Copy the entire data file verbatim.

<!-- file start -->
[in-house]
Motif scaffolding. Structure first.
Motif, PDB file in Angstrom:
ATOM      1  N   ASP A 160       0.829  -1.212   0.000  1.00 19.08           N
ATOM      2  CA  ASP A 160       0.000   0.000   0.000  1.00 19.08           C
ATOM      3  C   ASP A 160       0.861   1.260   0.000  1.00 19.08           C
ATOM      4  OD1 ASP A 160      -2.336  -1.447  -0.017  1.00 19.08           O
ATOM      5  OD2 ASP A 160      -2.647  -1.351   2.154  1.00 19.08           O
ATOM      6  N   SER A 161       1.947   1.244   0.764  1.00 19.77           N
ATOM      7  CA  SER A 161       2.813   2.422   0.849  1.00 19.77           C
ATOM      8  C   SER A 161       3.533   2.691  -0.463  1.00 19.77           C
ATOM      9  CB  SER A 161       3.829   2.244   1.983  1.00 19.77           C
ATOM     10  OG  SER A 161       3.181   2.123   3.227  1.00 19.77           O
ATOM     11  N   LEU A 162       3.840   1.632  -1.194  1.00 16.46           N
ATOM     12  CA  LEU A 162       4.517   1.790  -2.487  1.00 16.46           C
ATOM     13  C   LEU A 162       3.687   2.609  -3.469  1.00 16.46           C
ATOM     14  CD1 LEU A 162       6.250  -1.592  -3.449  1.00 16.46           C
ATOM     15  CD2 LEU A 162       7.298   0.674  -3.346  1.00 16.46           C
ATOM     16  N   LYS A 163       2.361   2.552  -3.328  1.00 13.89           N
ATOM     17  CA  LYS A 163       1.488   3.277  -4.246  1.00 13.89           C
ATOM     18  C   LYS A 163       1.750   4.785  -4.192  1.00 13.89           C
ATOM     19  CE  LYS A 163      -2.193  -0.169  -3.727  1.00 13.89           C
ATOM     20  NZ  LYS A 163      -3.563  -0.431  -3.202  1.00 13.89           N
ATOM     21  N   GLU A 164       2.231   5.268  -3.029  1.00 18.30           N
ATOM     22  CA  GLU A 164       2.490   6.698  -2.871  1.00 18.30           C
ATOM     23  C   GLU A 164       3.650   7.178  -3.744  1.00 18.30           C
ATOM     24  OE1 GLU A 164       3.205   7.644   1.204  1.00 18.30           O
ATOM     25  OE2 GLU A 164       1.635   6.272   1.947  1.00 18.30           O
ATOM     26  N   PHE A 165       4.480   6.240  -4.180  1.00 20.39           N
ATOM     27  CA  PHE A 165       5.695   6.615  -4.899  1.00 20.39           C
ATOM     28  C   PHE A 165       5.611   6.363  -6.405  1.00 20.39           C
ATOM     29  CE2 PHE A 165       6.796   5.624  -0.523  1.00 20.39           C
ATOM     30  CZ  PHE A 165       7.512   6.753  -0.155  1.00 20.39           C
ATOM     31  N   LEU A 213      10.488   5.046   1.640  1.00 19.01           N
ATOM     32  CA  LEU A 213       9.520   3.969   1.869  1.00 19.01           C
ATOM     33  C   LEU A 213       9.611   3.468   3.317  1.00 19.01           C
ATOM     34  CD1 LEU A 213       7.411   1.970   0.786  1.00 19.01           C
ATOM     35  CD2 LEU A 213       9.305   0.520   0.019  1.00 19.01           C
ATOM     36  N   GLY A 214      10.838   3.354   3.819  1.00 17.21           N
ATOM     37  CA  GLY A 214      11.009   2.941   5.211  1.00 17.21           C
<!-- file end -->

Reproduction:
[in-house]
Motif scaffolding. Structure first.
Motif, PDB file in Angstrom:
ATOM      1  N   ASP A 160       0.829  -1.212   0.000  1.00 19.08           N
ATOM      2  CA  ASP A 160       0.000   0.000   0.000  1.00 19.08           C
ATOM      3  C   ASP A 160       0.861   1.260   0.000  1.00 19.08           C
ATOM      4  OD1 ASP A 160      -2.336  -1.447  -0.017  1.00 19.08           O
ATOM      5  OD2 ASP A 160      -2.647  -1.351   2.154  1.00 19.08           O
ATOM      6  N   SER A 161       1.947   1.244   0.764  1.00 19.77           N
ATOM      7  CA  SER A 161       2.813   2.422   0.849  1.00 19.77           C
ATOM      8  C   SER A 161       3.533   2.691  -0.463  1.00 19.77           C
ATOM      9  CB  SER A 161       3.829   2.244   1.983  1.00 19.77           C
ATOM     10  OG  SER A 161       3.181   2.123   3.227  1.00 19.77           O
ATOM     11  N   LEU A 162       3.840   1.632  -1.194  1.00 16.46           N
ATOM     12  CA  LEU A 162       4.517   1.790  -2.487  1.00 16.46           C
ATOM     13  C   LEU A 162       3.687   2.609  -3.469  1.00 16.46           C
ATOM     14  CD1 LEU A 162       6.250  -1.592  -3.449  1.00 16.46           C
ATOM     15  CD2 LEU A 162       7.298   0.674  -3.346  1.00 16.46           C
ATOM     16  N   LYS A 163       2.361   2.552  -3.328  1.00 13.89           N
ATOM     17  CA  LYS A 163       1.488   3.277  -4.246  1.00 13.89           C
ATOM     18  C   LYS A 163       1.750   4.785  -4.192  1.00 13.89           C
ATOM     19  CE  LYS A 163      -2.193  -0.169  -3.727  1.00 13.89           C
ATOM     20  NZ  LYS A 163      -3.563  -0.431  -3.202  1.00 13.89           N
ATOM     21  N   GLU A 164       2.231   5.268  -3.029  1.00 18.30           N
ATOM     22  CA  GLU A 164       2.490   6.698  -2.871  1.00 18.30           C
ATOM     23  C   GLU A 164       3.650   7.178  -3.744  1.00 18.30           C
ATOM     24  OE1 GLU A 164       3.205   7.644   1.204  1.00 18.30           O
ATOM     25  OE2 GLU A 164       1.635   6.272   1.947  1.00 18.30           O
ATOM     26  N   PHE A 165       4.480   6.240  -4.180  1.00 20.39           N
ATOM     27  CA  PHE A 165       5.695   6.615  -4.899  1.00 20.39           C
ATOM     28  C   PHE A 165       5.611   6.363  -6.405  1.00 20.39           C
ATOM     29  CE2 PHE A 165       6.796   5.624  -0.523  1.00 20.39           C
ATOM     30  CZ  PHE A 165       7.512   6.753  -0.155  1.00 20.39           C
ATOM     31  N   LEU A 213      10.488   5.046   1.640  1.00 19.01           N
ATOM     32  CA  LEU A 213       9.520   3.969   1.869  1.00 19.01           C
ATOM     33  C   LEU A 213       9.611   3.468   3.317  1.00 19.01           C
ATOM     34  CD1 LEU A 213       7.411   1.970   0.786  1.00 19.01           C
ATOM     35  CD2 LEU A 213       9.305   0.520   0.019  1.00 19.01           C
ATOM     36  N   GLY A 214      10.838   3.354   3.819  1.00 17.21           N
ATOM     37  CA  GLY A 214      11.009   2.941   5.211  1.00 17.21           C